LBNL Report Number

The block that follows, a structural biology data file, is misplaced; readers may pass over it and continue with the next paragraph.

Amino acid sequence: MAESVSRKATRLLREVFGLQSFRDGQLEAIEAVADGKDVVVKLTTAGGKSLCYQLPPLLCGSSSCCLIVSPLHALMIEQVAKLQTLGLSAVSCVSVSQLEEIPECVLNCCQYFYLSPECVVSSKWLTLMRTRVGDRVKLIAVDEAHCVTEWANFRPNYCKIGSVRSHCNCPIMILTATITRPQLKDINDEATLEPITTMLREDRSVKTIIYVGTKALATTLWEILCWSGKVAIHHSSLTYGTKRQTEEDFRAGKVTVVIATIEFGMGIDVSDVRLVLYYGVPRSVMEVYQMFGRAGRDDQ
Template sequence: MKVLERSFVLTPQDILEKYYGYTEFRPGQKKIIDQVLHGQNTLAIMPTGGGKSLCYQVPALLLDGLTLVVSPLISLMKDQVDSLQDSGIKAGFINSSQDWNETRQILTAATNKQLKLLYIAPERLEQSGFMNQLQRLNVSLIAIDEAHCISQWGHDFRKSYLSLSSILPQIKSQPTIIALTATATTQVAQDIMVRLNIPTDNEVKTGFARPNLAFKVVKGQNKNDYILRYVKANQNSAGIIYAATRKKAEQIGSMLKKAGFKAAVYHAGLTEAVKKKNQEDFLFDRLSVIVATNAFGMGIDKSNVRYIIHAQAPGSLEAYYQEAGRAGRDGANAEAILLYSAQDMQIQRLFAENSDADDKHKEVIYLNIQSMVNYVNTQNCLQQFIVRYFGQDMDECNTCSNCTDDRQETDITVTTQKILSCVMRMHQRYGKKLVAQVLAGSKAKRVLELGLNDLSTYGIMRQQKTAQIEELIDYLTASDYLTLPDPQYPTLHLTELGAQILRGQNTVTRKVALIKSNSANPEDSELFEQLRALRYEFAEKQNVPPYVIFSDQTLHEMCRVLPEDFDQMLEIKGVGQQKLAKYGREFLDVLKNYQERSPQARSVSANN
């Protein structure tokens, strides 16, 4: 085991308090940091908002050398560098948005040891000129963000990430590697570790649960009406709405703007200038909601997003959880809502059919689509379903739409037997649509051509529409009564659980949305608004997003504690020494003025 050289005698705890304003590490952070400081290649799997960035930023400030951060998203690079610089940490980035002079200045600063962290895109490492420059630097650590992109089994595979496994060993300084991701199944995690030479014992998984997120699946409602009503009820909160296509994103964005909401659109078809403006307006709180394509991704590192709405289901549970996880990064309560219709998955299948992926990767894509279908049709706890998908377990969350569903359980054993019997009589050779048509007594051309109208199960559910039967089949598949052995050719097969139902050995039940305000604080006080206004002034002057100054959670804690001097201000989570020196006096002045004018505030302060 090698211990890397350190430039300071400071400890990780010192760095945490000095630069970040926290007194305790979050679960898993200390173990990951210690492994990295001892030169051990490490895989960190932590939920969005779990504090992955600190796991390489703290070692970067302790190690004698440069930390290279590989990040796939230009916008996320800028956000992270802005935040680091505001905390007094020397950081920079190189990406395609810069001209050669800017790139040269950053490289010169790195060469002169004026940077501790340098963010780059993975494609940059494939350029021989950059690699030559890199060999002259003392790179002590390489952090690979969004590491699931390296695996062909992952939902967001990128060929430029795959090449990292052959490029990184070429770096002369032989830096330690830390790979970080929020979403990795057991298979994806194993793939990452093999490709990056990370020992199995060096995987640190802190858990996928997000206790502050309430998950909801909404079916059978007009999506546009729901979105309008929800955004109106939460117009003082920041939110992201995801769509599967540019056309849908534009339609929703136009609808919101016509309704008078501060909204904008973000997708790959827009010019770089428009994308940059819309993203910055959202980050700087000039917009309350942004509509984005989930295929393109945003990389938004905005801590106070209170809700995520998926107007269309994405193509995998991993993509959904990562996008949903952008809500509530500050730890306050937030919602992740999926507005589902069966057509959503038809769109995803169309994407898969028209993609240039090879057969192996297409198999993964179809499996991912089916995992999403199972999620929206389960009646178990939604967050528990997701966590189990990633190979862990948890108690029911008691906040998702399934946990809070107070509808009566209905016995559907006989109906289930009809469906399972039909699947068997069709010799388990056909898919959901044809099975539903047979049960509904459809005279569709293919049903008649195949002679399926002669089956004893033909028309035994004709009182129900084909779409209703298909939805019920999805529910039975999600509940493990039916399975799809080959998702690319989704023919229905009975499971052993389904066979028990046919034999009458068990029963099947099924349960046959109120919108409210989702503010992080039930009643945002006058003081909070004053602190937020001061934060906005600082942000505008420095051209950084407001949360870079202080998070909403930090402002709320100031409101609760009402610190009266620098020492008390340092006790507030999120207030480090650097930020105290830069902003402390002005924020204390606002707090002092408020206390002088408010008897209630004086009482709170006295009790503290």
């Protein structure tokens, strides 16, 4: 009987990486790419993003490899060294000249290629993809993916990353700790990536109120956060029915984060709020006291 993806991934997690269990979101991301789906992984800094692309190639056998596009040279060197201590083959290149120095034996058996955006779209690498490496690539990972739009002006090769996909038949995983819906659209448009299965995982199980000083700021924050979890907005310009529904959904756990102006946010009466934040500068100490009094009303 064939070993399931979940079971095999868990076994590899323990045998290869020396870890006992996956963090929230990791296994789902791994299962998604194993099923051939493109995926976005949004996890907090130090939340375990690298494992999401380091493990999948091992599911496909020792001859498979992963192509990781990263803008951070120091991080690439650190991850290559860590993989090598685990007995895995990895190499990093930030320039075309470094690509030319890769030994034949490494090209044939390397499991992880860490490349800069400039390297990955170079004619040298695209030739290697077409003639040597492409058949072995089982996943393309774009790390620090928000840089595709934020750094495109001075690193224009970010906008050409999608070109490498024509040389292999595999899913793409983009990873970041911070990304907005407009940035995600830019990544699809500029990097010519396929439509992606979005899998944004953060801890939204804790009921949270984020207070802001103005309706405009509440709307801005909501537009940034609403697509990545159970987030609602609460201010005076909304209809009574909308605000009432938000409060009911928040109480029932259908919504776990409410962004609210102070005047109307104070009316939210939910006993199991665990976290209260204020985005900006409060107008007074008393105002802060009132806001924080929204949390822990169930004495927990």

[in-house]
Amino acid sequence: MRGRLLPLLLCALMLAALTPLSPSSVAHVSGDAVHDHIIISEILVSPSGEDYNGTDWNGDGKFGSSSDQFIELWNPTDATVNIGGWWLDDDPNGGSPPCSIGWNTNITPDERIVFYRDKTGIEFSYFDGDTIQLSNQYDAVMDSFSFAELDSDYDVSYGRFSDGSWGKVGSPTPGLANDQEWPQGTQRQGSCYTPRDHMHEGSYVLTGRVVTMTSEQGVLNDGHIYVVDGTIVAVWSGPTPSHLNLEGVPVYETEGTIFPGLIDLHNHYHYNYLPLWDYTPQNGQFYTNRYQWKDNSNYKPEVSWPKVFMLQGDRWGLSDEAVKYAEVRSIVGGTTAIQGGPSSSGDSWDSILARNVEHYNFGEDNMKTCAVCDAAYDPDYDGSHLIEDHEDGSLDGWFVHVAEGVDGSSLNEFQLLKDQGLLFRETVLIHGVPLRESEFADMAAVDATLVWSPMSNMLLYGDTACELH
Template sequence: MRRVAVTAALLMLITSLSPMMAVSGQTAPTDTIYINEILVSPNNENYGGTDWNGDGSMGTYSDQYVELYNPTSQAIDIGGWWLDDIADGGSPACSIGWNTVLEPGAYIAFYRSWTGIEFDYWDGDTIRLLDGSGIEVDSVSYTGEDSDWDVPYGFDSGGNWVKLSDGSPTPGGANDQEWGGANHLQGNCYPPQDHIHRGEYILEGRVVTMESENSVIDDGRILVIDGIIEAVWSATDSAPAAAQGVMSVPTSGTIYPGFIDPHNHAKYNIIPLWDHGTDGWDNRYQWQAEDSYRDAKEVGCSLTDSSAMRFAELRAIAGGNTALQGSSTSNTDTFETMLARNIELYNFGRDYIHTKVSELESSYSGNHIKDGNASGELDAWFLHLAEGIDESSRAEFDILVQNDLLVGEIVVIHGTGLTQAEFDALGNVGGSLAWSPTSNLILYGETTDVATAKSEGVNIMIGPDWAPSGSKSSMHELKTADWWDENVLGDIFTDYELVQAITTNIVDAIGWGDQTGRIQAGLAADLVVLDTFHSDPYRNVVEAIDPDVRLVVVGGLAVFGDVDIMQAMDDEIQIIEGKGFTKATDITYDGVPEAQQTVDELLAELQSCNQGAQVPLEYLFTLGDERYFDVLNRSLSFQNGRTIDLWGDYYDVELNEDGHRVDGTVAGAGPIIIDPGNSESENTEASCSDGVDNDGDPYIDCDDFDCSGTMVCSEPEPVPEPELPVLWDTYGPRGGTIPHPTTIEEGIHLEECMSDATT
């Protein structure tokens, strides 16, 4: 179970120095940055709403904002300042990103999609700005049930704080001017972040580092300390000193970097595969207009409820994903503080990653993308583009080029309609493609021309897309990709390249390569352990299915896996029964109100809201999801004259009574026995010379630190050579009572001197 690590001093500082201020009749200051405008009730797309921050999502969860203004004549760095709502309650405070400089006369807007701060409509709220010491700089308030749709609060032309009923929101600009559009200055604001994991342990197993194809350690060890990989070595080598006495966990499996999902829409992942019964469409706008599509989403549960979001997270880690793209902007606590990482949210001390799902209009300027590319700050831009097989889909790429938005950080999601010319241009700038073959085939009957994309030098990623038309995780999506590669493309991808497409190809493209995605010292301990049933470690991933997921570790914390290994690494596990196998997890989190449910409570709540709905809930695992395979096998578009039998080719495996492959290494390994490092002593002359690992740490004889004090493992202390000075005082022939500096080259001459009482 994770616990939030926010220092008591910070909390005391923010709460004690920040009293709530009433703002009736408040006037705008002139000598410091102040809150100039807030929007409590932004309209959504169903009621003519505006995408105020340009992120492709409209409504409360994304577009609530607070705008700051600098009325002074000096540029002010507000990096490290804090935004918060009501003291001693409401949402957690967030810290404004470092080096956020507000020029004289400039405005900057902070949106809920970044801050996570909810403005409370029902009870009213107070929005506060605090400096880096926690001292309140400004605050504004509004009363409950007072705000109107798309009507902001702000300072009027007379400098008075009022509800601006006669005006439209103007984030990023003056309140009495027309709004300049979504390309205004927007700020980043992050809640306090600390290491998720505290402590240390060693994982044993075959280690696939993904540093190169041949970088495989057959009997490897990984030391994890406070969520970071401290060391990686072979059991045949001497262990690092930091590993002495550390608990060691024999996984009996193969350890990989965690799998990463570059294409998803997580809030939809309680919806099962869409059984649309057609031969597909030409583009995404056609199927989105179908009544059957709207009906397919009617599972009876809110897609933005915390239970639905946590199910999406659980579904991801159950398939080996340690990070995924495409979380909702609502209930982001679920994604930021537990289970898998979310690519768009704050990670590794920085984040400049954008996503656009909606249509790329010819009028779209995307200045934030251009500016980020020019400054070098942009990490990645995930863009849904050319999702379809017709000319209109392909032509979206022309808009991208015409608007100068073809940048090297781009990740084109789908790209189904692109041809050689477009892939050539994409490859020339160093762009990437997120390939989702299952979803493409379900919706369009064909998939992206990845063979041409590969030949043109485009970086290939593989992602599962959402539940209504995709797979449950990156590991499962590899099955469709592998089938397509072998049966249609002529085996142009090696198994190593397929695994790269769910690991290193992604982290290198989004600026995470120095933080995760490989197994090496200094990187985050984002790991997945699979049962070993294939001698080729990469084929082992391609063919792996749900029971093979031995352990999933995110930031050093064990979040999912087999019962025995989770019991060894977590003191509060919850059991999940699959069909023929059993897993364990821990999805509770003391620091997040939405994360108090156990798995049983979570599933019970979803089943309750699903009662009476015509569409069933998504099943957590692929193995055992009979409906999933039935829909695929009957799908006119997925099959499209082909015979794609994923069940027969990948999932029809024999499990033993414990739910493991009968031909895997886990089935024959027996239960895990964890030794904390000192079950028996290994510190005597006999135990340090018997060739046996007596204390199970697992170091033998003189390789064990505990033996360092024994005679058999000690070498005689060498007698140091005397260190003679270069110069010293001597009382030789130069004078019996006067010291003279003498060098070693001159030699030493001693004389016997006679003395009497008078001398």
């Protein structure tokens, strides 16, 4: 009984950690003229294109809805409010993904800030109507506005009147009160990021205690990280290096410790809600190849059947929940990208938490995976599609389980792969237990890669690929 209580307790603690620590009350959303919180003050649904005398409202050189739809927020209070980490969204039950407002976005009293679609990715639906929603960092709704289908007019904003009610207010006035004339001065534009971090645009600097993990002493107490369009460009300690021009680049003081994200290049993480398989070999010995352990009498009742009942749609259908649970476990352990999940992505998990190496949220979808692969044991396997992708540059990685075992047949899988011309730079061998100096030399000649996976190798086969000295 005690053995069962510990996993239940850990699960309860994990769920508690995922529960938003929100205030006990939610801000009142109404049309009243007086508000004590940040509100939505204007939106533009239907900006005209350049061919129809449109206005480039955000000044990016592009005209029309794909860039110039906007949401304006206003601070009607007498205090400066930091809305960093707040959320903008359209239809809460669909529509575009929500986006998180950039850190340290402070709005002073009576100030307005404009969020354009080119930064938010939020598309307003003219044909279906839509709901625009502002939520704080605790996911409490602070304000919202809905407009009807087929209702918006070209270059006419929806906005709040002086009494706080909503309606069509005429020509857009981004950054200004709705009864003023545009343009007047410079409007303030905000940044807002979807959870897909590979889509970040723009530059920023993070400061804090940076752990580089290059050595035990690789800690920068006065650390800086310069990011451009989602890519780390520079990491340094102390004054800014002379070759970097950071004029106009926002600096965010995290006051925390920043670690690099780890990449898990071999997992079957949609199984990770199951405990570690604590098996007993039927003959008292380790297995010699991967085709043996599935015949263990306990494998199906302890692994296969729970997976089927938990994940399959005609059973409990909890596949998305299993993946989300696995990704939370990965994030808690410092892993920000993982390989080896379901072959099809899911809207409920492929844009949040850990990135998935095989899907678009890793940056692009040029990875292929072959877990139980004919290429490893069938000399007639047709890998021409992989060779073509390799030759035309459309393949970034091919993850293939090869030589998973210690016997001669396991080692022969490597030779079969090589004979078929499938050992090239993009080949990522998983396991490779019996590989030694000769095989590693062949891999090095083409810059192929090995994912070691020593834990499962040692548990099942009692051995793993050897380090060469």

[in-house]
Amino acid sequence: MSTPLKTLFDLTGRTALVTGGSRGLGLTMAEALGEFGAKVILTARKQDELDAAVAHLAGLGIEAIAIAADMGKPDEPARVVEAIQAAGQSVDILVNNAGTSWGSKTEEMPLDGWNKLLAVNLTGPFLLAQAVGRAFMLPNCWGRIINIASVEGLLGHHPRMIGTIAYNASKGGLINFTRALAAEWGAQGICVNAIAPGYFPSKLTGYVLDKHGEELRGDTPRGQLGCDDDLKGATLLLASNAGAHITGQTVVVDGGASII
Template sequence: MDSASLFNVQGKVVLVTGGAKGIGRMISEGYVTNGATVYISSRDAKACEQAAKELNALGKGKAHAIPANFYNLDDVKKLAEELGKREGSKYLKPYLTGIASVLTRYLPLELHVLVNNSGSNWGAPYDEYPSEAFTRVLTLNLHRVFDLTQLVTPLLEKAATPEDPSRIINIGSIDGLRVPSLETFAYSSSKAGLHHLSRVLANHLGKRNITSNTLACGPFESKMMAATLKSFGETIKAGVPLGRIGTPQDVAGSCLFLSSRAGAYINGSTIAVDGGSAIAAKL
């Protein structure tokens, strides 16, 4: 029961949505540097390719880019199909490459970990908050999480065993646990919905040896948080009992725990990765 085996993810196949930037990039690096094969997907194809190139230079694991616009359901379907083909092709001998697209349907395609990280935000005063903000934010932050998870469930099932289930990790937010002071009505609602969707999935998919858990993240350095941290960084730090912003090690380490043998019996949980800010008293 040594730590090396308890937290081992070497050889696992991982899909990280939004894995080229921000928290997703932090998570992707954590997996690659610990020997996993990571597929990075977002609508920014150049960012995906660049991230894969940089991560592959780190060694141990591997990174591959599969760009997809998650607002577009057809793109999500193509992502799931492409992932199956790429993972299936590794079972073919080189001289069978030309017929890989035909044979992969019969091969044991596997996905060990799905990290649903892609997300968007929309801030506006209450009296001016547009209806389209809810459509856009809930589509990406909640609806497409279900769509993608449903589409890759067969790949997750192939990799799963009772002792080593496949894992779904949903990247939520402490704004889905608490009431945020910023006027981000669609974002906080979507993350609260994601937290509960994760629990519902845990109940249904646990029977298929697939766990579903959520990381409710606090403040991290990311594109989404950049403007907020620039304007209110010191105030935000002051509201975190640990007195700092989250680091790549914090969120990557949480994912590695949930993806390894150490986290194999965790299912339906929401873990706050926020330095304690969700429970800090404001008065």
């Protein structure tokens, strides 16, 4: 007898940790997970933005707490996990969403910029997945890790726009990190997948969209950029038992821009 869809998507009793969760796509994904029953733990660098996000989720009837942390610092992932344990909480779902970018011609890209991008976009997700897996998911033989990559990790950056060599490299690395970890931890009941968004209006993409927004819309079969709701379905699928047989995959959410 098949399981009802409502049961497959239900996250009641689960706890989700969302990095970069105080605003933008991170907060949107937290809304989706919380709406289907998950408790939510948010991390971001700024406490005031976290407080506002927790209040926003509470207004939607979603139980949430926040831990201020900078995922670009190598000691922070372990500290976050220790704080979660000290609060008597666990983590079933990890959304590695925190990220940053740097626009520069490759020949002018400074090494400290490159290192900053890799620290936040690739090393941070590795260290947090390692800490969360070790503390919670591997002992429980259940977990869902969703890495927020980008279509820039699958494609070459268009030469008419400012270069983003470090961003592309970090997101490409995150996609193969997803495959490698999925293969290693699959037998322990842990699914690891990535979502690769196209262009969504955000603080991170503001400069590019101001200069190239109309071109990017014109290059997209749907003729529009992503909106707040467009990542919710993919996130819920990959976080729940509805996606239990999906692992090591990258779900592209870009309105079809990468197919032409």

As we move to high performance housing and especially toward zero-energy homes, ventilation represents a larger and larger fraction of the space conditioning energy requirements. Ventilation standards, such as ASHRAE Standard 62.2 (or codes that use it, such as California Title 24), are typically met by continuous ventilation for their whole-house requirements, but met intermittently for their local exhaust requirements. Higher indoor air quality (IAQ) performance, as well as lower HVAC power and energy consumption, can be achieved by being smarter about how and when ventilation occurs. Numerous smart ventilation strategies are possible in high performance homes, such as increasing ventilation when the outdoor temperature is less extreme, scheduling ventilation during off-peak hours, avoiding ventilation during periods of poor outdoor air quality, and reducing whole house ventilation operation in response to incidental ventilation (e.g., bathroom or kitchen fan operation) and occupancy. Smart ventilation, in the form of a ventilation controller, can be used to implement all of these strategies and more. In this paper, we outline the theoretical requirements of a smart controller, discuss the real-world practicalities of control input options, and provide some actual examples of smart ventilation controls for residences. Ventilation controllers are flexible, and they can be used to fulfill the varied needs of building occupants, designers, policy makers, and program managers. Furthermore, as web-connected devices, the operation of a smart ventilation controller could be changed at will, in response to changes in policy, climate conditions, or grid dynamics.